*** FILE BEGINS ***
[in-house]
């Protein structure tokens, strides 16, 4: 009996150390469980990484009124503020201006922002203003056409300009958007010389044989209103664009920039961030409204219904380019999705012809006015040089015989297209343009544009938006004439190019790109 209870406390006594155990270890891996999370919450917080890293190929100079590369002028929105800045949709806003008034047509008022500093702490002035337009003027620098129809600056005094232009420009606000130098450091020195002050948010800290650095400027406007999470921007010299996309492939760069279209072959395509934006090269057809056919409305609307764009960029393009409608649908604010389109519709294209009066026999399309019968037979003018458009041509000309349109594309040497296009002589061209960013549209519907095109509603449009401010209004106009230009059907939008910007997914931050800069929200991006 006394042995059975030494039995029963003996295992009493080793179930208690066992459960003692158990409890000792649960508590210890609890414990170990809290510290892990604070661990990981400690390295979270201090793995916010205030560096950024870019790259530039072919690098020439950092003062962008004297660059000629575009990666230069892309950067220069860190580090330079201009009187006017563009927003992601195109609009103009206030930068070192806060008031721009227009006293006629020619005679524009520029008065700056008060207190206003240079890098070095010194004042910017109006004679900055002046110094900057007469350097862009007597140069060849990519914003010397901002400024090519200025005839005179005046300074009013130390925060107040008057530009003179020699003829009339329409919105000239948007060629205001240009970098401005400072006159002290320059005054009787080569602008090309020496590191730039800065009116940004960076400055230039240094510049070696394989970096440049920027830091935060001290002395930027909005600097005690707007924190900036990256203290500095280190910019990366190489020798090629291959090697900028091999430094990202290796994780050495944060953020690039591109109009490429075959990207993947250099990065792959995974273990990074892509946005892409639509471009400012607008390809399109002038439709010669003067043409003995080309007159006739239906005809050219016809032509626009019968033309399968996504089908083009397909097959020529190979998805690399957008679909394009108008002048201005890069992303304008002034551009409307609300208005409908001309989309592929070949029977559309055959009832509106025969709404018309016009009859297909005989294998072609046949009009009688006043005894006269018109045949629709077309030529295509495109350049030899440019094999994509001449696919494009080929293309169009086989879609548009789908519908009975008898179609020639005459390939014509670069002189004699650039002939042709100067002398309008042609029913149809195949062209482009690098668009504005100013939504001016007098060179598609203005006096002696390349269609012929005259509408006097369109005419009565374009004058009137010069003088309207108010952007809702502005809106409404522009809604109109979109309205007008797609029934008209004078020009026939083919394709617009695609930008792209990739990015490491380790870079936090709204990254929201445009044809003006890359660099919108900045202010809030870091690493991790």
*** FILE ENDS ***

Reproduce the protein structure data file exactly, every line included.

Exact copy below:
[in-house]
């Protein structure tokens, strides 16, 4: 009996150390469980990484009124503020201006922002203003056409300009958007010389044989209103664009920039961030409204219904380019999705012809006015040089015989297209343009544009938006004439190019790109 209870406390006594155990270890891996999370919450917080890293190929100079590369002028929105800045949709806003008034047509008022500093702490002035337009003027620098129809600056005094232009420009606000130098450091020195002050948010800290650095400027406007999470921007010299996309492939760069279209072959395509934006090269057809056919409305609307764009960029393009409608649908604010389109519709294209009066026999399309019968037979003018458009041509000309349109594309040497296009002589061209960013549209519907095109509603449009401010209004106009230009059907939008910007997914931050800069929200991006 006394042995059975030494039995029963003996295992009493080793179930208690066992459960003692158990409890000792649960508590210890609890414990170990809290510290892990604070661990990981400690390295979270201090793995916010205030560096950024870019790259530039072919690098020439950092003062962008004297660059000629575009990666230069892309950067220069860190580090330079201009009187006017563009927003992601195109609009103009206030930068070192806060008031721009227009006293006629020619005679524009520029008065700056008060207190206003240079890098070095010194004042910017109006004679900055002046110094900057007469350097862009007597140069060849990519914003010397901002400024090519200025005839005179005046300074009013130390925060107040008057530009003179020699003829009339329409919105000239948007060629205001240009970098401005400072006159002290320059005054009787080569602008090309020496590191730039800065009116940004960076400055230039240094510049070696394989970096440049920027830091935060001290002395930027909005600097005690707007924190900036990256203290500095280190910019990366190489020798090629291959090697900028091999430094990202290796994780050495944060953020690039591109109009490429075959990207993947250099990065792959995974273990990074892509946005892409639509471009400012607008390809399109002038439709010669003067043409003995080309007159006739239906005809050219016809032509626009019968033309399968996504089908083009397909097959020529190979998805690399957008679909394009108008002048201005890069992303304008002034551009409307609300208005409908001309989309592929070949029977559309055959009832509106025969709404018309016009009859297909005989294998072609046949009009009688006043005894006269018109045949629709077309030529295509495109350049030899440019094999994509001449696919494009080929293309169009086989879609548009789908519908009975008898179609020639005459390939014509670069002189004699650039002939042709100067002398309008042609029913149809195949062209482009690098668009504005100013939504001016007098060179598609203005006096002696390349269609012929005259509408006097369109005419009565374009004058009137010069003088309207108010952007809702502005809106409404522009809604109109979109309205007008797609029934008209004078020009026939083919394709617009695609930008792209990739990015490491380790870079936090709204990254929201445009044809003006890359660099919108900045202010809030870091690493991790």